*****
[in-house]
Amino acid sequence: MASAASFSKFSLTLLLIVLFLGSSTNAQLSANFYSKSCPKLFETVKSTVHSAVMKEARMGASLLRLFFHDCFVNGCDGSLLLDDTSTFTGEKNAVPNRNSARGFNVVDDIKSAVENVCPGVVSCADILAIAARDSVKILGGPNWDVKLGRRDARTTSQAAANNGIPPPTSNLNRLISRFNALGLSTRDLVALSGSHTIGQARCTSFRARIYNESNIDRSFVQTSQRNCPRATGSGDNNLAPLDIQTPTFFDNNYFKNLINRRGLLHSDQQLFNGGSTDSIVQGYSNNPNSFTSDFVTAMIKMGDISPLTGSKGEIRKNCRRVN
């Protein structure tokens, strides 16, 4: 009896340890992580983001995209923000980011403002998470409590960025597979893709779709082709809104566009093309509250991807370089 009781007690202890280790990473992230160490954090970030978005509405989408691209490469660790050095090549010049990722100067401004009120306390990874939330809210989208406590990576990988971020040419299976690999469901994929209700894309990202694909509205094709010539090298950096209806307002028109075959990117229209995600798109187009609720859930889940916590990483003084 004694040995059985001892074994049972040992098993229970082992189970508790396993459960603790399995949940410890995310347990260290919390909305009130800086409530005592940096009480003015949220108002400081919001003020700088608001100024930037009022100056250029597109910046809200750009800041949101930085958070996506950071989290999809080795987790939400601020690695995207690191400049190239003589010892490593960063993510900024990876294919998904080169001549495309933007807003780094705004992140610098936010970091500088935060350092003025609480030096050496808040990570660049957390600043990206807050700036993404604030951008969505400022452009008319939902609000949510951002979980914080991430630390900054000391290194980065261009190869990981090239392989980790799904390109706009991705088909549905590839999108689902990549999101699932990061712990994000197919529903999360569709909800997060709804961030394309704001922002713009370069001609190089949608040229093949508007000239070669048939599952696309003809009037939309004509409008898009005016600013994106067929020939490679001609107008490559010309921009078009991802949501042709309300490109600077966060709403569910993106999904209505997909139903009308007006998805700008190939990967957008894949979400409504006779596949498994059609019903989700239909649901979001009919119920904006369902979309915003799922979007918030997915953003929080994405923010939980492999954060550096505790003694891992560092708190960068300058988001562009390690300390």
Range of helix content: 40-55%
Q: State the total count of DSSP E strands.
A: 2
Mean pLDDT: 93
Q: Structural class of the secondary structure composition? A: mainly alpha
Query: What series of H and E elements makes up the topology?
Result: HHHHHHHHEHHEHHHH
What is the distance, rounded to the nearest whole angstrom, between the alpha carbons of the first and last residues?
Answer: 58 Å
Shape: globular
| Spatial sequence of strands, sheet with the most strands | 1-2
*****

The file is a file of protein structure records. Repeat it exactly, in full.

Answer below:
[in-house]
Amino acid sequence: MASAASFSKFSLTLLLIVLFLGSSTNAQLSANFYSKSCPKLFETVKSTVHSAVMKEARMGASLLRLFFHDCFVNGCDGSLLLDDTSTFTGEKNAVPNRNSARGFNVVDDIKSAVENVCPGVVSCADILAIAARDSVKILGGPNWDVKLGRRDARTTSQAAANNGIPPPTSNLNRLISRFNALGLSTRDLVALSGSHTIGQARCTSFRARIYNESNIDRSFVQTSQRNCPRATGSGDNNLAPLDIQTPTFFDNNYFKNLINRRGLLHSDQQLFNGGSTDSIVQGYSNNPNSFTSDFVTAMIKMGDISPLTGSKGEIRKNCRRVN
């Protein structure tokens, strides 16, 4: 009896340890992580983001995209923000980011403002998470409590960025597979893709779709082709809104566009093309509250991807370089 009781007690202890280790990473992230160490954090970030978005509405989408691209490469660790050095090549010049990722100067401004009120306390990874939330809210989208406590990576990988971020040419299976690999469901994929209700894309990202694909509205094709010539090298950096209806307002028109075959990117229209995600798109187009609720859930889940916590990483003084 004694040995059985001892074994049972040992098993229970082992189970508790396993459960603790399995949940410890995310347990260290919390909305009130800086409530005592940096009480003015949220108002400081919001003020700088608001100024930037009022100056250029597109910046809200750009800041949101930085958070996506950071989290999809080795987790939400601020690695995207690191400049190239003589010892490593960063993510900024990876294919998904080169001549495309933007807003780094705004992140610098936010970091500088935060350092003025609480030096050496808040990570660049957390600043990206807050700036993404604030951008969505400022452009008319939902609000949510951002979980914080991430630390900054000391290194980065261009190869990981090239392989980790799904390109706009991705088909549905590839999108689902990549999101699932990061712990994000197919529903999360569709909800997060709804961030394309704001922002713009370069001609190089949608040229093949508007000239070669048939599952696309003809009037939309004509409008898009005016600013994106067929020939490679001609107008490559010309921009078009991802949501042709309300490109600077966060709403569910993106999904209505997909139903009308007006998805700008190939990967957008894949979400409504006779596949498994059609019903989700239909649901979001009919119920904006369902979309915003799922979007918030997915953003929080994405923010939980492999954060550096505790003694891992560092708190960068300058988001562009390690300390």
Range of helix content: 40-55%
Q: State the total count of DSSP E strands.
A: 2
Mean pLDDT: 93
Q: Structural class of the secondary structure composition? A: mainly alpha
Query: What series of H and E elements makes up the topology?
Result: HHHHHHHHEHHEHHHH
What is the distance, rounded to the nearest whole angstrom, between the alpha carbons of the first and last residues?
Answer: 58 Å
Shape: globular
| Spatial sequence of strands, sheet with the most strands | 1-2